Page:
Folks may remember the blog post from back in June (here); Hive13 was the only hackerspace in Ohio to win a free Shapeoko2 CNC machine kit in the Inventables 50 States 3D Carving Machine Giveaway contest.
Well, it didn’t really take this long; but the kit is assembled, customized, debugged, and ready for use, thanks to the lead efforts of member Julien Morand and several assistants along the way.
AFTER the Hive13 meeting this Tuesday, March 17, Julien will present an introduction to this working machine. The introduction will be in two parts. The first part will present the specifications of the machine, its different usages, and the steps required to get a proper milled part. The second part will demo the CAD to CAM workflow using a given shape (the hive logo) and then cutting the part on the machine. Interested folks should follow this (link).
Julien has offered to follow-up and supervise one or more TBD Saturday workshop(s) in upcoming months for those wanting to create and cut their own similar shapes.
Members, guests, first-time-walk-ins, and all those interested in hearing Julien’s cool French accent are welcome to come for this introduction on Tuesday, March 17, at 7:30pm. (Find Us)
The 2015 season of Second-Tuesday-of-the-Month presentations continues at Hive13 this Tuesday, February 10, at 7:30pm when Hive Wood Shop Area Warden Elly provides a review of the science of blade design.
This cutting edge talk (with never a dull moment) will slice into blade tech like a hot knife in butter.
Blades (and the tools that drive them) are what they are for a reason. There is a right (and wrong) tool and blade for every job. It is all about precision and productivity.
Gain a deeper insight into the mechanics how a first tool material is prepared and shaped to best impart controlled mayhem upon a second work piece material. Why are blades for circular saws, band saws, planers, jointers, and routers as they are? What is the best blade for making a straight cut in wood? Why is different if you are cutting with-the-grain or across-the-grain? What is the best blade for hard woods, soft woods, and laminates? What is the best blade for making a curved cut; both thick and thin? Why don’t these blades work for most plastics or any metals? What are the limits and how do blades fail? Learn the vocabulary of terms like kerf, rake angle, chip load, TPI, and RPM. Know before you use for best results, blade health, and personal safety.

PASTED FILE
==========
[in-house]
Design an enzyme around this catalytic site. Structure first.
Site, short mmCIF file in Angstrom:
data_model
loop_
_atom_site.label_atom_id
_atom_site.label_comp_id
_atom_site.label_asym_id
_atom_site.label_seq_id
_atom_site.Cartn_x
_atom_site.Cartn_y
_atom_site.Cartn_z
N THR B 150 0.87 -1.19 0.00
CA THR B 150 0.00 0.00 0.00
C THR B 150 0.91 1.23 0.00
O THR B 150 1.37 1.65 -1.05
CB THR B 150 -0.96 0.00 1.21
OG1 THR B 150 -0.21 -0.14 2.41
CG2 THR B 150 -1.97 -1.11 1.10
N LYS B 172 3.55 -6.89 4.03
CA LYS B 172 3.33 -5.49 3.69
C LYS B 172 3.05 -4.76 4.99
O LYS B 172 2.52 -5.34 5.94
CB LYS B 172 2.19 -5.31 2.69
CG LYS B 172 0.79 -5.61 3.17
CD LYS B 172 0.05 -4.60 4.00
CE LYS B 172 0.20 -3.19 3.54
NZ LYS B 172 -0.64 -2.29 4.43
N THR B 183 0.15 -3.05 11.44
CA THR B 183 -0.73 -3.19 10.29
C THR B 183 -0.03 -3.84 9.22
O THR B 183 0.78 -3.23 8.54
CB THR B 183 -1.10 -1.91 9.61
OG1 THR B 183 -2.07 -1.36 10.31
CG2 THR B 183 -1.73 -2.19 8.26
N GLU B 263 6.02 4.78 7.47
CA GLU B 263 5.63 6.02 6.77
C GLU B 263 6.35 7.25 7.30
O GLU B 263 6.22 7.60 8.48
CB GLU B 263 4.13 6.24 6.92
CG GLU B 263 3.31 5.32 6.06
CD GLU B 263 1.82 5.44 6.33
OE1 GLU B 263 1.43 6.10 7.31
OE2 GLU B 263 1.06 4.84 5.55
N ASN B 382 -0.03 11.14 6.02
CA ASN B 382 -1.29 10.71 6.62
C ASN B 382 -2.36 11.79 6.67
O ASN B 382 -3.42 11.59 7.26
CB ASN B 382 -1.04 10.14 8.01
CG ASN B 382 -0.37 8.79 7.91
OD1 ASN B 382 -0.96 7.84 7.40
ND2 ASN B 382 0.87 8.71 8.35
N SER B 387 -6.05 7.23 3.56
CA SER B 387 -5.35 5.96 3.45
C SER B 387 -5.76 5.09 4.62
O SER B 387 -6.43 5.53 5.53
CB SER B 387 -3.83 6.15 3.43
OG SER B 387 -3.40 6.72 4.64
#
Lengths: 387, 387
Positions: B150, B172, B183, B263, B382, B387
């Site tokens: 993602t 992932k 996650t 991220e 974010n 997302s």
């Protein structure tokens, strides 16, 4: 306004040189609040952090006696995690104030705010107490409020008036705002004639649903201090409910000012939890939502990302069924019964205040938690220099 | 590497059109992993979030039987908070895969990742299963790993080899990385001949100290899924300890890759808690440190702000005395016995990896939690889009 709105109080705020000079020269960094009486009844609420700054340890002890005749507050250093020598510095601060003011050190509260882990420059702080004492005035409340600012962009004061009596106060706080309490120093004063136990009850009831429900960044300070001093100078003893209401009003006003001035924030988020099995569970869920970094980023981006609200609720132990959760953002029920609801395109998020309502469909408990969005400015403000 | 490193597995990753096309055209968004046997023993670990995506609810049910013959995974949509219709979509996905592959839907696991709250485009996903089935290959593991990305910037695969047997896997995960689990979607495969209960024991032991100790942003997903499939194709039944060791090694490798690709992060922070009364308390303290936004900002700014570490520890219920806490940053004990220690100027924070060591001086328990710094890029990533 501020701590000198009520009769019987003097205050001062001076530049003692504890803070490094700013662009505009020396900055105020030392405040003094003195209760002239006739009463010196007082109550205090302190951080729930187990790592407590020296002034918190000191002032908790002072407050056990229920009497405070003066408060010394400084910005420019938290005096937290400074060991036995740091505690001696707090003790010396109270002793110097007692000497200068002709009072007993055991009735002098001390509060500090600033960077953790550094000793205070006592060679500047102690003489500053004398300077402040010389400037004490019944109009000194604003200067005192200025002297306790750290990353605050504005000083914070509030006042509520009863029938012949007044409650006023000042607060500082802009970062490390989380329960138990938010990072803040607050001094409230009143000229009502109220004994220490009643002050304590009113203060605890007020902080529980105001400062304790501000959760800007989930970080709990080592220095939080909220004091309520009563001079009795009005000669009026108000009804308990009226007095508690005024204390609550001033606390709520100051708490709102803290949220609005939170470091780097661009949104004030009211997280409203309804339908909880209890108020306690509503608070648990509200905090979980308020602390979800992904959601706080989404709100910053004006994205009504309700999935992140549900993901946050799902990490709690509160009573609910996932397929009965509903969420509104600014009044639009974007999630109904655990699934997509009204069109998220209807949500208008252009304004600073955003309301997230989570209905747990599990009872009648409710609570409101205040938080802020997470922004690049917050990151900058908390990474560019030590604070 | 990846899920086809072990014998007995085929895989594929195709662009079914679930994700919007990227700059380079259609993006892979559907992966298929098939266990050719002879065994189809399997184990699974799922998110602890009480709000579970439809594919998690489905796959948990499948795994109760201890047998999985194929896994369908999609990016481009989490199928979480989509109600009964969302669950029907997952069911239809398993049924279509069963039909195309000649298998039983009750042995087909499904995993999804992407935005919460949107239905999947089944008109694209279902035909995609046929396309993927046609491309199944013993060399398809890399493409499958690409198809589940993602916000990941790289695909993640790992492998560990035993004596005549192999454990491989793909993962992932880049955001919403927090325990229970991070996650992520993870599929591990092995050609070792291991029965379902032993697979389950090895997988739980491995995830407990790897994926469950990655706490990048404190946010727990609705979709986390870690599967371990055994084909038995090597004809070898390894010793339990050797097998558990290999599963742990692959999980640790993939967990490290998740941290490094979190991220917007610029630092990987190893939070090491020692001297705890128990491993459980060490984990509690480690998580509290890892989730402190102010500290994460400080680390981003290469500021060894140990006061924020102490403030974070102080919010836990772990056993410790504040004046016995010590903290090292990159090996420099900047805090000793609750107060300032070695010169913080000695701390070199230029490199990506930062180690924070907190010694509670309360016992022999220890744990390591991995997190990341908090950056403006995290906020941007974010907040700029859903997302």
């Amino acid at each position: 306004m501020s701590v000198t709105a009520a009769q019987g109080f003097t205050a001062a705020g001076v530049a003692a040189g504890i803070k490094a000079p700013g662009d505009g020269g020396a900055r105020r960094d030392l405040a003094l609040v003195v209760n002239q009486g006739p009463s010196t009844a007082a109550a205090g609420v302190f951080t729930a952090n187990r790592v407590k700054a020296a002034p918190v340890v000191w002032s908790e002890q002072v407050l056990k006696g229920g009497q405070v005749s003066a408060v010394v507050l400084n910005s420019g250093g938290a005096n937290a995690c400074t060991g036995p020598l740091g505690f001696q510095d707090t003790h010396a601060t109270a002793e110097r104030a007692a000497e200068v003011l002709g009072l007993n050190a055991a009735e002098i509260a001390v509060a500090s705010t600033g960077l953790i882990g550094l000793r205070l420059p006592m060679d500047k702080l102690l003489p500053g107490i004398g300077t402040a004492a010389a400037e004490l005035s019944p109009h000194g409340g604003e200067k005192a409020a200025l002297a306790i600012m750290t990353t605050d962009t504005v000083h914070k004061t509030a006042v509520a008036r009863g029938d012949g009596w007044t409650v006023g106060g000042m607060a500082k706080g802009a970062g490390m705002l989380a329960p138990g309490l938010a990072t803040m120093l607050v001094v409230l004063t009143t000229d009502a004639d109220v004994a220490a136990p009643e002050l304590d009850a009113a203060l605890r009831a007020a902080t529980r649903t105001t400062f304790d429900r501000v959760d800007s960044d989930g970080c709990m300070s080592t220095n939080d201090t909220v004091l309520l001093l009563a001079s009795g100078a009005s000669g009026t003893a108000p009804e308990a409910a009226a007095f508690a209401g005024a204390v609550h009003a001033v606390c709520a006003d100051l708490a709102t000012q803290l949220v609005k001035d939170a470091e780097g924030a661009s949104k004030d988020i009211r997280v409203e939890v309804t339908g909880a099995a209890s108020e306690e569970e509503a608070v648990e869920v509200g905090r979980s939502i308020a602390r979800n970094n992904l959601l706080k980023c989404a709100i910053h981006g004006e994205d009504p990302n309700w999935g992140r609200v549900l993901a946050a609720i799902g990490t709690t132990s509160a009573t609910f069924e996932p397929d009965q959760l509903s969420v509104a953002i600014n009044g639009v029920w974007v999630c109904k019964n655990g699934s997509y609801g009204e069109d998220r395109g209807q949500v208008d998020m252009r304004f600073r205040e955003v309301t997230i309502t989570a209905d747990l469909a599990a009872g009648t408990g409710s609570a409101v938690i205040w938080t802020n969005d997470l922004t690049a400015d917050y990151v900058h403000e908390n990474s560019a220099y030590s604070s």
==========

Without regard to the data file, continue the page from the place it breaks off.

Members, guests, first-time-walk-ins, and all those interested are welcome to come for this talk on Tuesday, February 10, at 7:30pm. (Find Us)
Ryan 2.0 (a.k.a. Ryan Hesse) will finish his summer co-op term at GE here in Cincinnati and will return to Montana next week. Before he goes, he will follow through and conduct four MIG welding classes at HIVE13 this weekend.
Friday, August 9 from 7:30pm to 9:30pm (limit 6 hands-on students)
Saturday, August 10 from 12:00 noon to 2:00pm (limit 6 hands-on students)
Saturday, August 10 from 3:00pm to 5:00pm (limit 6 hands-on students)
Sunday, August 11 from 2:00pm to 4:00pm (limit 6 hands-on students)
Classes are $15.00 each for Elite and non-members, and $5.00 for Full and Student members collected at the door. The fees cover material costs. Classes are limited to six hands-on participants in each session, first come first served. An EventBrite (click here) has been created to reserve class seats. Fees will be collected at the door.
It’s like Christmas in July! The HIVE’s new MIG welder has arrived. DaveB trucked it over and set it up on the cart just today.
HIVE13 is the proud owner of a brand-new Millermatic 211 Auto-Set w/MVP (link) with the M-100 Gun (link).
This is serious equipment. Electric shock can kill. Hot parts can burn. Fumes and gases can be hazardous. Arc rays can burn eyes and skin. Welding can cause fire or explosion. Flying metal or dirt can injure eyes. Build-up of gas can injure or kill. Electric and magnetic fields (EMF) can affect implanted medical devices. Noise can damage hearing. Cylinders can explode if damaged, etc. Only qualified persons should install, operate, maintain, and repair this unit.
Does this new tool sound like as much fun to you as it does to us?
Stay tuned and drop by to see developments progress as the experienced HIVE welders and prudently cautious implementers make preparations to enable eager newbies to learn to weld safely with appropriate precautions.
HIVE13 is the place to join to learn new skills and use new equipment to make things.
Hot off the presses! Er, well, laser cutter! We bring you the new pinning tray. This tray is more portable than before. The other one was small but the square shape often made it hard to fit into some carrying cases with your other tools. This new design by Brian keeps the tray small but adds length to better go with the tools you normally carry.
And that’s not all! With this new design you can use the holes on the side and a lid to secure your pins for further storage. By placing a lid on top and using some small screws you can fasten the lid down and store the pins for later use. This is ideal if you are working on a progressive lock and need a place to store your the extra pins until you work your way up. It can also be used to keep some extra security pins grouped together or potentially for storing the pins from control locks used in lock forensics.
We are still testing out the design but once we finalize it we will have some available if anybody wants one.